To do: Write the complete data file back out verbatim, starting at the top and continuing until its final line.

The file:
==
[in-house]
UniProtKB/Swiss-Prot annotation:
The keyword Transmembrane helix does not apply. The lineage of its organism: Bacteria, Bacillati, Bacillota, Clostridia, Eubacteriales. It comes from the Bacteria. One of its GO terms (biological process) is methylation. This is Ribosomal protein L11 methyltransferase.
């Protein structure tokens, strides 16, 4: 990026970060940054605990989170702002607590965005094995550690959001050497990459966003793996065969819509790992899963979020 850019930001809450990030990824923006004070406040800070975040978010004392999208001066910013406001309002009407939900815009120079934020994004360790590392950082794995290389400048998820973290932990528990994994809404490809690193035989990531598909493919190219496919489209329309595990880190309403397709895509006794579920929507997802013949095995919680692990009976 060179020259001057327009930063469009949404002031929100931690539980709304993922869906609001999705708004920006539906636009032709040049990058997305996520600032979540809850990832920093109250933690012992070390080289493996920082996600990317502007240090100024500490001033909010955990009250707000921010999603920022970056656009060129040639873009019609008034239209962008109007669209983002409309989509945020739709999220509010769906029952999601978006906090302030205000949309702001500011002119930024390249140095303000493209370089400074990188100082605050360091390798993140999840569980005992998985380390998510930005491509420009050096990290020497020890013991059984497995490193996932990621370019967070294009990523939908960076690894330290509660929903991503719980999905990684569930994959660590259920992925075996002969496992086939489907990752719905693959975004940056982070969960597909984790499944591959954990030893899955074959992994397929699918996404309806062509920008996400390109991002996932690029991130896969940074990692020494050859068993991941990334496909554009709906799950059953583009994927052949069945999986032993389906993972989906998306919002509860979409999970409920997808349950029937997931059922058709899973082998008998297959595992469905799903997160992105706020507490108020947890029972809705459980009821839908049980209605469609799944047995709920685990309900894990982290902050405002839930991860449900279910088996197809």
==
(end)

[in-house]
UniProtKB/Swiss-Prot annotation:
The keyword Transmembrane helix does not apply. The lineage of its organism: Bacteria, Bacillati, Bacillota, Clostridia, Eubacteriales. It comes from the Bacteria. One of its GO terms (biological process) is methylation. This is Ribosomal protein L11 methyltransferase.
């Protein structure tokens, strides 16, 4: 990026970060940054605990989170702002607590965005094995550690959001050497990459966003793996065969819509790992899963979020 850019930001809450990030990824923006004070406040800070975040978010004392999208001066910013406001309002009407939900815009120079934020994004360790590392950082794995290389400048998820973290932990528990994994809404490809690193035989990531598909493919190219496919489209329309595990880190309403397709895509006794579920929507997802013949095995919680692990009976 060179020259001057327009930063469009949404002031929100931690539980709304993922869906609001999705708004920006539906636009032709040049990058997305996520600032979540809850990832920093109250933690012992070390080289493996920082996600990317502007240090100024500490001033909010955990009250707000921010999603920022970056656009060129040639873009019609008034239209962008109007669209983002409309989509945020739709999220509010769906029952999601978006906090302030205000949309702001500011002119930024390249140095303000493209370089400074990188100082605050360091390798993140999840569980005992998985380390998510930005491509420009050096990290020497020890013991059984497995490193996932990621370019967070294009990523939908960076690894330290509660929903991503719980999905990684569930994959660590259920992925075996002969496992086939489907990752719905693959975004940056982070969960597909984790499944591959954990030893899955074959992994397929699918996404309806062509920008996400390109991002996932690029991130896969940074990692020494050859068993991941990334496909554009709906799950059953583009994927052949069945999986032993389906993972989906998306919002509860979409999970409920997808349950029937997931059922058709899973082998008998297959595992469905799903997160992105706020507490108020947890029972809705459980009821839908049980209605469609799944047995709920685990309900894990982290902050405002839930991860449900279910088996197809």